Thanks very much to Nicole. I heard the champagne corks going before I spoke.
To you, for your immense passion and leadership, and Gai equally for yourself. To Catherine, this is a shared, utterly non-partisan – bipartisan is the wrong word – non-partisan commitment that I think Parliament and this Parliament will now take up.
To Nola, Nola has made me cry on many occasions, and almost all my fault. But her story, her voice is one of the powerful voices in this house about the challenge of endometriosis and the impact on so many women’s lives.
And then to all of the magnificent voices today, it took a lot of courage to stand up in front of this audience and to say what you’ve said. It took a lot of courage, so I want to acknowledge you.
In particular, acknowledge Donna and Janet and their leadership in this space, and introduce you to a group of people that I brought along that were not expecting to come today, and that is the current president and deputy president of the Australian Medical Students’ Association, led by Rob, and the incoming president and deputy president of the Australian Medical Students’ Association, led by Alexandra – two men giving way to two women.
I can confidently guarantee they are brilliant medical students and leaders of the future will leave this room and never forget the experience, and that they will make sure that AMSA will ensure that all emerging doctors in Australia from this moment forwards, and you can trace it to this moment forwards, will be aware of the fundamental importance.
I cannot speak more powerfully than the beautiful voices that have told their stories today, the chronic pain, the infertility, the crushing mental health challenges, and in some cases the most tragic of outcomes, whether it is through the condition or through the mental health impacts.
Your voices have set that out. What I can do is to acknowledge that pain and to acknowledge that reality, and I really want to do three things today.
One is to talk about the acknowledgement, two is to talk about the action, and three is to talk about the research, Grant’s work and the work of so many others.
In terms of the acknowledgement, let’s see if I can do this, the time is long overdue to bring this condition out of the dark. I don’t need to repeat my own description myself, Sylv has very eloquently given my own words back to me in the place that I never expected it.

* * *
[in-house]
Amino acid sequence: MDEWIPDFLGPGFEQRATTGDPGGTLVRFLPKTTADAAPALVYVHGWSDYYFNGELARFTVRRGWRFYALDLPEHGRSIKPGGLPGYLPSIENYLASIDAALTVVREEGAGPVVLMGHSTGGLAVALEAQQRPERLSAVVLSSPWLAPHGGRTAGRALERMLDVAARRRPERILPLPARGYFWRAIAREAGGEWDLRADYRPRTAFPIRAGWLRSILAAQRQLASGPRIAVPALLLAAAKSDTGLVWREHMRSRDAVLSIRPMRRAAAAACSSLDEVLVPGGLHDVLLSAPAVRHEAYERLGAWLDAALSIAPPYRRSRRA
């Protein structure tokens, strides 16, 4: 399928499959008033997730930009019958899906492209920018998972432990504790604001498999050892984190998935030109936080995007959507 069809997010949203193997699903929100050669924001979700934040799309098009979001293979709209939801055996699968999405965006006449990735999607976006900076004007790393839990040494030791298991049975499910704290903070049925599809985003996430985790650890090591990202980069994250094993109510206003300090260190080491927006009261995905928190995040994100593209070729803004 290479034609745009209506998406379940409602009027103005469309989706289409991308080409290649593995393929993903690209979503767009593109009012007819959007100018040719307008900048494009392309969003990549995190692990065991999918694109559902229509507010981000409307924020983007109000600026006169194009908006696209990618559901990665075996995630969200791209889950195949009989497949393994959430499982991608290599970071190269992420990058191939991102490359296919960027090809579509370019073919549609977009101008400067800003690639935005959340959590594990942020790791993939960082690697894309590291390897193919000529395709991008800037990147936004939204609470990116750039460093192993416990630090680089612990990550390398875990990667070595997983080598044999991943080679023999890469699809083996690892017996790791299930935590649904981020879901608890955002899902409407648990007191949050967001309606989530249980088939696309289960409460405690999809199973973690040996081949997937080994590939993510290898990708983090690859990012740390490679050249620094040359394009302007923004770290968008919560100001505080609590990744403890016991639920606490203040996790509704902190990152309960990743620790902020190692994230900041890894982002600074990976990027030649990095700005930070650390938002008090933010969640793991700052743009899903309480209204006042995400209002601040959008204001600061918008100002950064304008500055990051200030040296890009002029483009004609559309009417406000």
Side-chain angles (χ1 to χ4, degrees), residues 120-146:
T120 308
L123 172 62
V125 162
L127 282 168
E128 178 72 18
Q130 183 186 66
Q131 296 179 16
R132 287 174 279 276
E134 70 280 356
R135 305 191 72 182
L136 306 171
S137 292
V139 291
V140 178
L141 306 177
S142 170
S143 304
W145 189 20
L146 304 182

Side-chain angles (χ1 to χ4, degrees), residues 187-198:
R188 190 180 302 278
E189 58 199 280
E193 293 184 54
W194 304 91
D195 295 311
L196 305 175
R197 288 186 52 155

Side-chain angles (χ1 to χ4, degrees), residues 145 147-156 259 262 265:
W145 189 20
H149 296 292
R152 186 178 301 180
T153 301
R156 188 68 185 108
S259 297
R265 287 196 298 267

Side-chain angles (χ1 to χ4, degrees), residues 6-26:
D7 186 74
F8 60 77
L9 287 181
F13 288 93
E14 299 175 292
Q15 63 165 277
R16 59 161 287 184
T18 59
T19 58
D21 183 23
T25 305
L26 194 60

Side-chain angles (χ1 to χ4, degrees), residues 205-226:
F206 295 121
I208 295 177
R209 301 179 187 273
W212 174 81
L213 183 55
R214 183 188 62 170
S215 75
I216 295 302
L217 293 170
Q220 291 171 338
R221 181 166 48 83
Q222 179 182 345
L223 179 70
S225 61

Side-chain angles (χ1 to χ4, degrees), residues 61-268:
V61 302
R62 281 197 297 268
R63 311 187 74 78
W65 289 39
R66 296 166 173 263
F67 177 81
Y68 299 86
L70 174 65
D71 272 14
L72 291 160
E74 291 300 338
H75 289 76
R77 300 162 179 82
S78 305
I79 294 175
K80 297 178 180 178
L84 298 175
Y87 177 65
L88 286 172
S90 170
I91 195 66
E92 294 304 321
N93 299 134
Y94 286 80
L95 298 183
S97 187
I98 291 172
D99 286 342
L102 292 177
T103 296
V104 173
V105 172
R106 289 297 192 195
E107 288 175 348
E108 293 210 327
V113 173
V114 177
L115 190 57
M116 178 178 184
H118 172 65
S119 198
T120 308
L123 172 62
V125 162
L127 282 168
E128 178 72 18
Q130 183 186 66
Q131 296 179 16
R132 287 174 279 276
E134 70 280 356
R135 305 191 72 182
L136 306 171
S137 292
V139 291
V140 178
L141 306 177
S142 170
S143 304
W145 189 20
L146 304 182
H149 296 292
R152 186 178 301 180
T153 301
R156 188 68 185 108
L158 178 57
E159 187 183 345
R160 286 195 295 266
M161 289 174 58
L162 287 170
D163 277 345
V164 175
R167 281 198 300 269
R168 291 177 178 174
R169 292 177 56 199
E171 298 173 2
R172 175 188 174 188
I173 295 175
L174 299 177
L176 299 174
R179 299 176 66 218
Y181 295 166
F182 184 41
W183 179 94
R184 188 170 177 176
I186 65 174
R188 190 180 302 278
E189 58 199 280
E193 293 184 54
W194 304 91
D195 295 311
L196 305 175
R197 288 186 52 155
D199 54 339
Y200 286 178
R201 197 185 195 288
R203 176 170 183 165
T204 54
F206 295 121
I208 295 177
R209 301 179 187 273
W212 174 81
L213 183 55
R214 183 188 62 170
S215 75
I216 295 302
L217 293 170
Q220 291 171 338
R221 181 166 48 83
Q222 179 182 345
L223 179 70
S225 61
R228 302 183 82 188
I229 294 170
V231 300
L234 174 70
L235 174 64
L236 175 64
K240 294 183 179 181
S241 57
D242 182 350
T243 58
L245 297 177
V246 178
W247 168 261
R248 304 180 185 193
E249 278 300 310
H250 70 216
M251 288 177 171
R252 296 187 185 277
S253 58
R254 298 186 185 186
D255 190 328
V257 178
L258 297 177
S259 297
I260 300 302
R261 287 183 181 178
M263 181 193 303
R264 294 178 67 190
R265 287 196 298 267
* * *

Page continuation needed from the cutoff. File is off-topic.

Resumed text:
Thank you for that. But let me say something on behalf of all of those in Parliament and all of those who have been responsible for our medical system, I apologise.
This condition should have been acknowledged at an earlier time in a more powerful way, and it will never be forgotten again.
The second thing is to say, well, now that you’re on the map – long overdue, but now that you’re on the map – what do we do?
And so I want to announce today that, in conjunction with the Australian Coalition for Endometriosis, with Endo Australia and all of the different groups, we will develop the first National Action Plan for Endometriosis.
This is a tribute to your work. To Gay, and to Nicole, and to Catherine, and to Nola and to everybody else, and so everything’s on the table, the combination of education and training for girls and young women, for men, for our medical professionals, public awareness, but also the Medicare treatments and the steps forward in terms of research.
So we will work out a process with ACE, we will follow that through, and we will keep going until we’ve got the right (inaudible), so the first national action plan.
(inaudible) recognition within the national health priorities, the form and the shape give us some flexibility.
Catherine and I will need to work together on that, but it will be included within those priorities in one way, shape or form, and I think that that will be a very powerful outcome.
Related to that, the Jean Hailes foundation, as Catherine noted, will make this one of their absolute priorities for Women’s Health Week, and this Women’s Health Week will have the first true focus on endometriosis.
And then that brings me to the last of the areas, because recognition, medical training is all fundamental. The trick is where we ultimately want to get to.
It is a difficult challenge to crack, but we have cracked leukaemia, we are making immense progress on breast cancer, we have made huge progress on so many other areas, never solved perfectly, but extraordinary outcomes.
Hepatitis C, which has taken 800 lives, a new drug Epclusa, which has come onto the PBS, will cure 90 per cent of people, 90 per cent of people. So we can make progress in this area.
So we will begin with a targeted call for research under the Medical Research Future Fund that will come out of the national action plan, and then we’ll announce the form of that and we’ll take your guidance over the coming months.
And, as a down-payment on that, I want to announce a grant to the University of Queensland, led by Professor Grant Montgomery, of $160,000, for (inaudible) diagnosis for genomics research, and then for the development of initial research on better treatments aiming ultimately at the potential for a cure.
It will not happen overnight. It will be a grand journey, but it’s a journey we are all on. We thank you, we acknowledge you, and today is your long-overdue day.